There's a lot of "uncompressing/recompressing" going on as you play back those files, and it wouldn't be a surprise if that's slowing things down significantly - think of it this way... the file size on the disk represents a highly compressed version of the video, but in order to display it, your computer must UNCOMPRESS it, meaning around 4-5x + bigger in memory, unless you use a proxy (or from my experience a lower preview quality seems to help).

SO... <best Elvis impression> "There's a whole lotta swappin goin on"...

More RAM will help, but you may still need to address any bottlenecks in I/O. I doubt that you're seeing a problem due to the number of files per se, but rather it's an I/O choke point as files are flying in and out of HDD and RAM
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Old January 9th, 2008, 03:49 PM   #8
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Definitely need at least 2G and a separate drive running at 7200rpm and at least Firewire 400.
Cheers.
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Old January 11th, 2008, 01:39 AM   #9
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thanks for answer!
I know 2GB will help the page file issue, but dont help to reduce vegas memory usage, so i'm afraid even with 2GB i cannot work with 1 hour HDV project. I dont want to use proxy files, please dont recommend this.

I do have more hard drives: exactly 4 piece.
But in the case is only ONE, that everytime work, this contain OS, programs..
I have a separate 160GB HDD in usb rack, that can do 30MB/sec.
But even if i work from this disk memory usage is still the same, dont you think?

Dave: as i wrote, i have E2160 core2duo processor
it seems that instead of many files with scene detection, i work better with one large m2t file, and vegas use less memory!

thx
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Old January 11th, 2008, 02:23 AM   #10
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I regularly do 2-hour HDV programs on a quad-core machine with 2 gig of RAM. During rendering, Vegas uses about 1.5 gig of RAM. Vegas needs more that 1 gig, but never more than 2 gig unless you've got a bunch of very high resolution stills in your project.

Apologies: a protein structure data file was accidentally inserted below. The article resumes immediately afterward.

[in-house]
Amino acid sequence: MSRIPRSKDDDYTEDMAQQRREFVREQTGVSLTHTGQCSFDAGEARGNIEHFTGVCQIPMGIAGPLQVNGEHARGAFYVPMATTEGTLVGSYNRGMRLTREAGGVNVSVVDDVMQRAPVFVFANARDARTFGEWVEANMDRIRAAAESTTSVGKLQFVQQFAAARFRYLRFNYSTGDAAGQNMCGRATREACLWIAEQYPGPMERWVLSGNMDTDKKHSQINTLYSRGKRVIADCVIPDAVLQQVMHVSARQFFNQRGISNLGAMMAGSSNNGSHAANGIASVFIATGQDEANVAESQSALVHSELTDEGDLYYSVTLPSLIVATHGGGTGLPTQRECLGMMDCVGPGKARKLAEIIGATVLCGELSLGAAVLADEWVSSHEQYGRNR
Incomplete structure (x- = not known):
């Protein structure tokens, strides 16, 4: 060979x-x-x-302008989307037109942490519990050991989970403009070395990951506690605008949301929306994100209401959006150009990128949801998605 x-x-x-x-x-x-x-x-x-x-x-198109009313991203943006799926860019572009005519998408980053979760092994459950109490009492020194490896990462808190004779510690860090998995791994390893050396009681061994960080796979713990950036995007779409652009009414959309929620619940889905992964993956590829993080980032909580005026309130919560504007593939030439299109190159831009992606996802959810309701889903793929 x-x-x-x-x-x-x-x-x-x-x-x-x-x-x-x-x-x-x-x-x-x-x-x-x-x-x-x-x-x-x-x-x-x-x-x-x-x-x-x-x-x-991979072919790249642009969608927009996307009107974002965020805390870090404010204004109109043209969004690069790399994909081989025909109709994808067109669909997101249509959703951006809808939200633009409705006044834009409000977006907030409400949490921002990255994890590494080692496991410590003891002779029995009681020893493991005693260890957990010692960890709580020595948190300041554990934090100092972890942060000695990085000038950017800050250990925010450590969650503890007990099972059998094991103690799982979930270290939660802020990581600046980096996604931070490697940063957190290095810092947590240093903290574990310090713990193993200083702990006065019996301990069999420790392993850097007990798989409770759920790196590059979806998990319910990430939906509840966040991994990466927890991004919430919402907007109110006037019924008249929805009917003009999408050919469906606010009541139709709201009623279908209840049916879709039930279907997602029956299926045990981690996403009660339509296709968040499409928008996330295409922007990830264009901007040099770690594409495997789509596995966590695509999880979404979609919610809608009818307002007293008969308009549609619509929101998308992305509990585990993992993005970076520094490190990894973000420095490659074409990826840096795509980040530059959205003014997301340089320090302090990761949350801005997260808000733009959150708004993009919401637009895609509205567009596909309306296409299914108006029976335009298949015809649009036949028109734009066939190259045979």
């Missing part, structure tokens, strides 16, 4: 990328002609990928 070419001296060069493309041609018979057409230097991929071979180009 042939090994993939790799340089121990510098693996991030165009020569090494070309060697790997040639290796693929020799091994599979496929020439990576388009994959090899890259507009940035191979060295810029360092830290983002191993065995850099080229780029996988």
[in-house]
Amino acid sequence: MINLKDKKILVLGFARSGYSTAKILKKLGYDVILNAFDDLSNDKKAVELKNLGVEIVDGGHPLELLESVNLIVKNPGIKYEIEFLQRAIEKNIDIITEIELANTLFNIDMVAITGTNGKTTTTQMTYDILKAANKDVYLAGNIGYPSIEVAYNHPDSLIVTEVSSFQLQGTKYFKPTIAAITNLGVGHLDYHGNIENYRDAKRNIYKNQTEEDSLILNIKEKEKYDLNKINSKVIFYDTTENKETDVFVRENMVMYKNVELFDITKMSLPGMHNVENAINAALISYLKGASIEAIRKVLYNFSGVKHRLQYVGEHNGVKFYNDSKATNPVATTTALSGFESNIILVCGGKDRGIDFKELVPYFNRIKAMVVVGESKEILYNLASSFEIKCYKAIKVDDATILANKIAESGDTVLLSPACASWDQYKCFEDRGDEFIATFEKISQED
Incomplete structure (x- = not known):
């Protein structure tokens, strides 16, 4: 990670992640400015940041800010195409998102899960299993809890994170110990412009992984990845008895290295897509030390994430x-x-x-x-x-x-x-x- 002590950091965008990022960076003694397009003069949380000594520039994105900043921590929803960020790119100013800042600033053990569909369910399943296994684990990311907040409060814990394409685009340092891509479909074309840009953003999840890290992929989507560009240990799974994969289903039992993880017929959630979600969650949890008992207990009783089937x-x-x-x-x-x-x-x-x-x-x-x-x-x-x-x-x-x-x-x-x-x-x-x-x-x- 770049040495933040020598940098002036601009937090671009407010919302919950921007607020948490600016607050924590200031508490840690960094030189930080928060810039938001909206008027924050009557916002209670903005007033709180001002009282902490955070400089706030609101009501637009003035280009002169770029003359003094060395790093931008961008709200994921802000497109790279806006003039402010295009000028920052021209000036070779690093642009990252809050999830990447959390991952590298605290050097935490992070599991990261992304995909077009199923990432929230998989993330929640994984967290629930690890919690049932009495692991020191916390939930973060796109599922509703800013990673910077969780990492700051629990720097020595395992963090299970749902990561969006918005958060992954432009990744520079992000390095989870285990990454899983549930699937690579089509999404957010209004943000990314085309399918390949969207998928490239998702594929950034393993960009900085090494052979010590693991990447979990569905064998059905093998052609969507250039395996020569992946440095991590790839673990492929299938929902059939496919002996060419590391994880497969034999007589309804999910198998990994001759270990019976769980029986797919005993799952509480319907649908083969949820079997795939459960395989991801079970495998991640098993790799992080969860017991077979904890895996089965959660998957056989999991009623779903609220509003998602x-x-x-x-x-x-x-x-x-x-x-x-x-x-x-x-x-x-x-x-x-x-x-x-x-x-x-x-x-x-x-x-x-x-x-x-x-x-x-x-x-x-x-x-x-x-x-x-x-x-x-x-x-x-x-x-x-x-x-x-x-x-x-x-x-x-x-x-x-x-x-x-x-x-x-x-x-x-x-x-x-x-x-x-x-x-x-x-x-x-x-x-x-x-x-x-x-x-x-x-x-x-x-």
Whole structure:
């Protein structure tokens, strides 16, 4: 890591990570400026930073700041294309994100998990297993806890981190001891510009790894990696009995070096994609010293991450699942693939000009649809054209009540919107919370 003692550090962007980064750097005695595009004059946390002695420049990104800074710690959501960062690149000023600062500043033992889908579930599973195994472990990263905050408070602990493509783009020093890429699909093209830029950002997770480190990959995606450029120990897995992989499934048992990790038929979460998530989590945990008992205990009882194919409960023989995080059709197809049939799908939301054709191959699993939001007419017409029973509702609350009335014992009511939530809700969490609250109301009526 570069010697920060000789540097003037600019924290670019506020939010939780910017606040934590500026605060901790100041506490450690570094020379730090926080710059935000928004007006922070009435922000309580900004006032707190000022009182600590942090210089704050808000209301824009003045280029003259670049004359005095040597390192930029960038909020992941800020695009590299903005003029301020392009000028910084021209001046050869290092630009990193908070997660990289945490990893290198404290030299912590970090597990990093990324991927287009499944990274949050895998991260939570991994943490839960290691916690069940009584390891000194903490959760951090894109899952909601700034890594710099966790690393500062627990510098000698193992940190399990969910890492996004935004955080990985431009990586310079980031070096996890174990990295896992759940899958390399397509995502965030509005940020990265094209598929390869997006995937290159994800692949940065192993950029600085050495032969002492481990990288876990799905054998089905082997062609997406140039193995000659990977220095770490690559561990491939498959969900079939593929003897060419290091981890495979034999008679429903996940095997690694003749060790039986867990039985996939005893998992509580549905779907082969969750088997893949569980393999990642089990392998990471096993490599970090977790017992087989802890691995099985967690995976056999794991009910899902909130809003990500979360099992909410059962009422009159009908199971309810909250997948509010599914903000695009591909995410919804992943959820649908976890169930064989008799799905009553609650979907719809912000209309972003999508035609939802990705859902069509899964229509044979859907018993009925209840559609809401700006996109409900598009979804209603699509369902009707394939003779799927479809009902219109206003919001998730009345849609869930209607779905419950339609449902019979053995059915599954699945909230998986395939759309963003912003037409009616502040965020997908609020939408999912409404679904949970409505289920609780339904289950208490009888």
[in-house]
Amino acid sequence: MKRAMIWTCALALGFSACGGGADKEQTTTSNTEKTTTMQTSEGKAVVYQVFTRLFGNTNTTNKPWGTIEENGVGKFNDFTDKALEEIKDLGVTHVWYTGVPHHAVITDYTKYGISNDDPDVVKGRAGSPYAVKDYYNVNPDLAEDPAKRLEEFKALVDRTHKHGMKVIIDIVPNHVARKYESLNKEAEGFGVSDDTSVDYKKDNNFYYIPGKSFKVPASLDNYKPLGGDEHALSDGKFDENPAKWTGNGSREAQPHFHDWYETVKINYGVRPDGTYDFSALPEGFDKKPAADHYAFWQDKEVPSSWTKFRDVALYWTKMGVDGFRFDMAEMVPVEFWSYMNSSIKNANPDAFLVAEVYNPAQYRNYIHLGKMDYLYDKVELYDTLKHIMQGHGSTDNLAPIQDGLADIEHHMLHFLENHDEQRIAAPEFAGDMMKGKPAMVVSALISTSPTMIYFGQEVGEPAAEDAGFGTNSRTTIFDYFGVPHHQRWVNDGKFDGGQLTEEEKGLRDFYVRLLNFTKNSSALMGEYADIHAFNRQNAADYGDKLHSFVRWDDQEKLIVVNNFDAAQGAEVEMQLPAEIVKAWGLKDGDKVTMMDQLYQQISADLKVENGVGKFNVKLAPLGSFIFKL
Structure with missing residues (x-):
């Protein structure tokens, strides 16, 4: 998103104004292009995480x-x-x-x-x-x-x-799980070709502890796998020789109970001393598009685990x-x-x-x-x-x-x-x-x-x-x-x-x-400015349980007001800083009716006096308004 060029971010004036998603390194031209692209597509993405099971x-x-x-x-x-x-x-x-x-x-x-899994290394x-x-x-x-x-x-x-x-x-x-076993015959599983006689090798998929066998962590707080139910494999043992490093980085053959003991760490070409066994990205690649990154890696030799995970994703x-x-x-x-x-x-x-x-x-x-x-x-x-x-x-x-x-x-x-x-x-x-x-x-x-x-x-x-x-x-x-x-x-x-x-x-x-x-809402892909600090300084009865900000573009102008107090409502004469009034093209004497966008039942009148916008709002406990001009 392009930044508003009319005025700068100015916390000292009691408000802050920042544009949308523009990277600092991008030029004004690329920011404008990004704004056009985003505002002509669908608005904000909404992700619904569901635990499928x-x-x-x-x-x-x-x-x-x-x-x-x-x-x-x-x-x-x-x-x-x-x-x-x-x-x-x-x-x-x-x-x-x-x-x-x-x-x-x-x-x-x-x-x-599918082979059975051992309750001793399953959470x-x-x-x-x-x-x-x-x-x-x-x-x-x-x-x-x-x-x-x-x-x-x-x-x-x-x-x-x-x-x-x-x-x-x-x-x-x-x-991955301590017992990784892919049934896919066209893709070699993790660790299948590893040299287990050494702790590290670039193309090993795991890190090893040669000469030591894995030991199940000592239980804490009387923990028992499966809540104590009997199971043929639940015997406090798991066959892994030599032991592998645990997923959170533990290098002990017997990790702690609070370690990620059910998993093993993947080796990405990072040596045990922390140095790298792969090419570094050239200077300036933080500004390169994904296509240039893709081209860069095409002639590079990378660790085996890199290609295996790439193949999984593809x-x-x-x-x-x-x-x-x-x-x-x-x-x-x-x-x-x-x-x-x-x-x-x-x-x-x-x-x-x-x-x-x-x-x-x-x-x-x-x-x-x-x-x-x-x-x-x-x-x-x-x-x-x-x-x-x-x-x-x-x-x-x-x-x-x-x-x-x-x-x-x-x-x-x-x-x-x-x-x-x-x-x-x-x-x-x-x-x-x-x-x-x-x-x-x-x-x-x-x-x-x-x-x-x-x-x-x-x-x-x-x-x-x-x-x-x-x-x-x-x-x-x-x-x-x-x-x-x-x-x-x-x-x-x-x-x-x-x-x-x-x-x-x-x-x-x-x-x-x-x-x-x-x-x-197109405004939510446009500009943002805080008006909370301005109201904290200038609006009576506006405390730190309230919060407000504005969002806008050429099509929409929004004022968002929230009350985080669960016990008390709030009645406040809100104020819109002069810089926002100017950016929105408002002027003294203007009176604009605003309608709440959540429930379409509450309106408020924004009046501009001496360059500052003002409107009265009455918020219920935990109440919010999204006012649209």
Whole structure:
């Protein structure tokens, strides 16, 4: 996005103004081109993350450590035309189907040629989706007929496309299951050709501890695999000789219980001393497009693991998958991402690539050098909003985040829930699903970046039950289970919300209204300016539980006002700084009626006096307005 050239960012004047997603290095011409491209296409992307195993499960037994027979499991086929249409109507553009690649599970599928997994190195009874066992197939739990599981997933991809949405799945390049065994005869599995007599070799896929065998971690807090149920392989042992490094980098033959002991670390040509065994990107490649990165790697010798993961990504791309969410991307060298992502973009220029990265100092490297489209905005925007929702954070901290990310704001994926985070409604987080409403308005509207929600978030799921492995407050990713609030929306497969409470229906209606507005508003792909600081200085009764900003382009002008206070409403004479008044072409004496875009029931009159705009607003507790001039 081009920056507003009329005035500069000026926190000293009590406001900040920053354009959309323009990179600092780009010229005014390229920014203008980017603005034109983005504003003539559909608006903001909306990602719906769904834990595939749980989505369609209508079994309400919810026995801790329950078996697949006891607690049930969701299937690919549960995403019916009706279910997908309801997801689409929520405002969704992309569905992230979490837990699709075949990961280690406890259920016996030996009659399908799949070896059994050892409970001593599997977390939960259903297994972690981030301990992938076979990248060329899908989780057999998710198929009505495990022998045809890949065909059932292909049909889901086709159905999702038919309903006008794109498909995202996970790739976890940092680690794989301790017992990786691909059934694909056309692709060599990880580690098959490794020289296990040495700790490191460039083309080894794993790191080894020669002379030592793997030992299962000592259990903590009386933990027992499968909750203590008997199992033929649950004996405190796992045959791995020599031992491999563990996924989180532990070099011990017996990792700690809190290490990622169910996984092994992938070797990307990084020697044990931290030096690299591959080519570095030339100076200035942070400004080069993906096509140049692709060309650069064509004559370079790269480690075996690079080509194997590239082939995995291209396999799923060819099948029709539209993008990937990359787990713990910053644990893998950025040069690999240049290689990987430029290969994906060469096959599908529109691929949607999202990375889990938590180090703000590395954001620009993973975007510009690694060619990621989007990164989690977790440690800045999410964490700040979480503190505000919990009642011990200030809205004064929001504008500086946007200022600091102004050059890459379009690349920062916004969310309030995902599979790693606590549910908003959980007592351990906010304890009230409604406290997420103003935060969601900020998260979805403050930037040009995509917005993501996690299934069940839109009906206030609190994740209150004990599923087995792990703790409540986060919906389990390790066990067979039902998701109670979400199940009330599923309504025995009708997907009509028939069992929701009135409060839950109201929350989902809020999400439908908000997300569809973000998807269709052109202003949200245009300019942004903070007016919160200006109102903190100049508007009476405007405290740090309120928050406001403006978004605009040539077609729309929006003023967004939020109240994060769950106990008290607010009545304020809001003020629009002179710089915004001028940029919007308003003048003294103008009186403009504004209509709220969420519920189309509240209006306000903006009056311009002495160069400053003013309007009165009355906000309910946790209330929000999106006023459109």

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Old January 11th, 2008, 02:28 AM   #11
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thanks, than i buy more 1GB.
Do you have swap file, or disabled?
I hope my processor is enough :)
Do you work with native M2T files?
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Old January 11th, 2008, 03:02 AM   #12
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Yes, I have the swap file enabled.
Your processor should work fine.
Yes, I work with native M2T files.
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Old January 14th, 2008, 12:08 PM   #13
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My guess is that the files were captured with something other than Vegas and are causing Vegas to fall back onto its less-memory-friendly compatibility decoder.

I've had hundreds of HDV M2T files in projects before.

-Matt
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Old January 14th, 2008, 01:25 PM   #14
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Matt you are right!
I captured with free hdvsplit.
But i thinked it just capture standard HDV m2t files.
What capture vegas 8?
How many ram do you have, and with 50-100 clips on the timeline, how much is used? (task manager)

thank you!
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Old January 14th, 2008, 04:31 PM   #15
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Quote:
Originally Posted by Prech Marton View Post
...What capture vegas 8?...
The internal HDV capture program does pretty well with Vegas 7 and 8. I've never used HDVsplit, but understand that many people like it for scene detection. But if you search this forum there are users reporting various issues with using files created by HDVsplit.

The Vegas HDV cap does include scene detection, but it doesn't always catch every scene change. That may mean other methods of clip-splitting must be used, such as loading up the clip in the trimmer and creating sub-clips.